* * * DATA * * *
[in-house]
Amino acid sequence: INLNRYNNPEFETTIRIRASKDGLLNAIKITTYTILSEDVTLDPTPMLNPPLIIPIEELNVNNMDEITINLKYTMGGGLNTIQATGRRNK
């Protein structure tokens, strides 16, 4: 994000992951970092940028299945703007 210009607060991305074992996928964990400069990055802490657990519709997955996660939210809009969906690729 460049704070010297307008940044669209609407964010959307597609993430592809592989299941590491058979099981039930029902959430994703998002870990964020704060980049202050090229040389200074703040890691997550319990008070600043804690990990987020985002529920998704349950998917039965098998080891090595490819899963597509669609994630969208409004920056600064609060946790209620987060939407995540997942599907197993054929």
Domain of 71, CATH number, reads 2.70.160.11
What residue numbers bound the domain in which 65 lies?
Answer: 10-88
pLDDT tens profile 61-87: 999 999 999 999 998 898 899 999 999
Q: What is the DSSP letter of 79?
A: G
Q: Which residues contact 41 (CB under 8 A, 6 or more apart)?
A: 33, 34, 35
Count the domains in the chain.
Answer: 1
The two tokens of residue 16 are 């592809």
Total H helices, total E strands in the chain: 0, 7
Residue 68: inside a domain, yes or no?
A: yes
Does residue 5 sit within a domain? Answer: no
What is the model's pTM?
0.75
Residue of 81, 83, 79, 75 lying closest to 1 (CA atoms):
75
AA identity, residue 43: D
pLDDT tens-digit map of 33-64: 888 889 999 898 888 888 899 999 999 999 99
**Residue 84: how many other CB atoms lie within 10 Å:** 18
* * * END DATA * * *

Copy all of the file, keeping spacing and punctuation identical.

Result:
[in-house]
Amino acid sequence: INLNRYNNPEFETTIRIRASKDGLLNAIKITTYTILSEDVTLDPTPMLNPPLIIPIEELNVNNMDEITINLKYTMGGGLNTIQATGRRNK
């Protein structure tokens, strides 16, 4: 994000992951970092940028299945703007 210009607060991305074992996928964990400069990055802490657990519709997955996660939210809009969906690729 460049704070010297307008940044669209609407964010959307597609993430592809592989299941590491058979099981039930029902959430994703998002870990964020704060980049202050090229040389200074703040890691997550319990008070600043804690990990987020985002529920998704349950998917039965098998080891090595490819899963597509669609994630969208409004920056600064609060946790209620987060939407995540997942599907197993054929």
Domain of 71, CATH number, reads 2.70.160.11
What residue numbers bound the domain in which 65 lies?
Answer: 10-88
pLDDT tens profile 61-87: 999 999 999 999 998 898 899 999 999
Q: What is the DSSP letter of 79?
A: G
Q: Which residues contact 41 (CB under 8 A, 6 or more apart)?
A: 33, 34, 35
Count the domains in the chain.
Answer: 1
The two tokens of residue 16 are 């592809």
Total H helices, total E strands in the chain: 0, 7
Residue 68: inside a domain, yes or no?
A: yes
Does residue 5 sit within a domain? Answer: no
What is the model's pTM?
0.75
Residue of 81, 83, 79, 75 lying closest to 1 (CA atoms):
75
AA identity, residue 43: D
pLDDT tens-digit map of 33-64: 888 889 999 898 888 888 899 999 999 999 99
**Residue 84: how many other CB atoms lie within 10 Å:** 18